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What’s the point of learning a language?

In the last few years the number of children learning foreign languages has dropped dramatically. In September 2004, they were removed from the compulsory curriculum for 14 and 15 year olds and since then the numbers taking GCSE languages, such as French and German has declined year on year. In GCSE French there has been a 50% drop in numbers over the last ten years and last year for the first time it fell out of the top ten most popular GCSE subjects.

As well as languages no longer being compulsory there is generally held belief that languages are harder. This could be for a number of reasons.  A study a few years ago showed that marking in languages is often tougher than for, say, GCSE Drama. There was also a perception that language teaching in general was less dynamic.  And if children aren’t engaged in the classroom then they are less likely to sign up for a subject at GCSE level. Schools have been accused of pushing their students down the ‘softer’ exam route to boost their rankings.  As languages were always seen as hard but can now be avoided (unlike compulsory ‘hard’ subjects such as Maths and Science) then there is less incentive for schools to encourage children to take the subjects. The recent coalition Government is trying to crackdown on soft GCSEs introduced by Labour.

But what’s the impact of the drop in uptake of foreign languages? One thing we’re maybe not very good at making clear to children is how important an additional language can be personally but also on a wider level. If we don’t possess the skills to operate on an international level then how do we trade with other countries? Our employers should be making it clear to children, through their relationships with schools, that they need language skills to get jobs and grow companies (furthering their own careers).  We have so many international companies with a presence in the UK that it should be clear how important a further language could be.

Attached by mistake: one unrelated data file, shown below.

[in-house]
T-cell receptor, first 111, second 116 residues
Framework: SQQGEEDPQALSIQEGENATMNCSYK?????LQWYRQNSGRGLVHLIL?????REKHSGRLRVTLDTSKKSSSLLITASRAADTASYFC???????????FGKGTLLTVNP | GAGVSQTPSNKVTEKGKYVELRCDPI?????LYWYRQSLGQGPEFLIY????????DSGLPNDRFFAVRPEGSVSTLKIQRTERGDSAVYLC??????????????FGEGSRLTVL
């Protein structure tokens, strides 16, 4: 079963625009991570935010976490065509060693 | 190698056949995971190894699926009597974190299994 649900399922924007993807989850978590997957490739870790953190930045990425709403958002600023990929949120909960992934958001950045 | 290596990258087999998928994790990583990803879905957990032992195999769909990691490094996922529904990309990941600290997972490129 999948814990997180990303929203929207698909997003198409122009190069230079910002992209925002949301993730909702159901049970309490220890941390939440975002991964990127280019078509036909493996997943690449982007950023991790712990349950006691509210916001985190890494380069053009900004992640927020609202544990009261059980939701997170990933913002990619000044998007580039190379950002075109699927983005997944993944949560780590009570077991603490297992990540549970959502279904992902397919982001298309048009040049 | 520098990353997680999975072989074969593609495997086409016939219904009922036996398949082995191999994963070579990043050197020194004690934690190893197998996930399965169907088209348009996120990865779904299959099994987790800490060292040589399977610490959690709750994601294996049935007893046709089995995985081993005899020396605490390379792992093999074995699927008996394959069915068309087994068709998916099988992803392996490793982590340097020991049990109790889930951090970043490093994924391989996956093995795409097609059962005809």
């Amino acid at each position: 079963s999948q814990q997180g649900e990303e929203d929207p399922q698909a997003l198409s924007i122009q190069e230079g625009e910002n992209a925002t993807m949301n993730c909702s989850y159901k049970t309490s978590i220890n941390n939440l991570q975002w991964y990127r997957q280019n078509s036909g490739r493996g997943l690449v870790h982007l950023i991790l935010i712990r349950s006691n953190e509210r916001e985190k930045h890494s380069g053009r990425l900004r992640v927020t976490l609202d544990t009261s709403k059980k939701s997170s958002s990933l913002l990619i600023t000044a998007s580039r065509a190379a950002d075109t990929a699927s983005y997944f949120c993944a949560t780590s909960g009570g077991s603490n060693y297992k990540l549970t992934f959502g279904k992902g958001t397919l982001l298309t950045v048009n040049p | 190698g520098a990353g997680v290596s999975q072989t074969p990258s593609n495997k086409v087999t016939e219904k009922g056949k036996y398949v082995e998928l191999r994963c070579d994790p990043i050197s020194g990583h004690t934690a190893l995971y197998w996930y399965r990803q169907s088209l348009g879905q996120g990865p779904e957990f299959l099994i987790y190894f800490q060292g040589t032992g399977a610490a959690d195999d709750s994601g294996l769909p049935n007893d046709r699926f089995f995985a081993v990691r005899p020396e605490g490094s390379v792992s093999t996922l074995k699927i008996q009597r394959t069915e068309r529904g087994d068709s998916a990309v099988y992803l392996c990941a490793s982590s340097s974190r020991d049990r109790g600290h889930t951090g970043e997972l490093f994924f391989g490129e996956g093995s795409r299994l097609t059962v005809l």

Companies need to offer incentives for people who speak foreign languages and make it clear in job adverts that this skill is highly prized. If employers don’t make it clear that these skills are valued then there’s no real reason for children to keep learning a language.  If it’s already seen as a hard subject and then there is no end value to pursuing it then it’s easy to see why children aren’t rushing to sign up. We need to stop feeding the idea that ‘every other country speaks English’ and instead look for ways to communicate in their native tongue.

One way to get children interested in languages is to start young – at 121 Home Tutors we work with children at primary level – in interesting and unusual ways to get them really excited about languages. Once they’ve caught onto the idea that languages can be as interesting as their other subjects then they are more likely to want to keep up with their study at a higher level. And because they love it they then want to know how they could use it in their life or career once they leave school. The answer doesn’t seem to be in making languages compulsory again but rather helping children love languages.

If you’d like some help with primary or GCSE French, German or Spanish language (or Business Studies) tutoring in Manchester and Cheshire (we cover the Heatons, Sale, Wilmslow and Didsbury plus other areas) contact 121 Home Tutors today.

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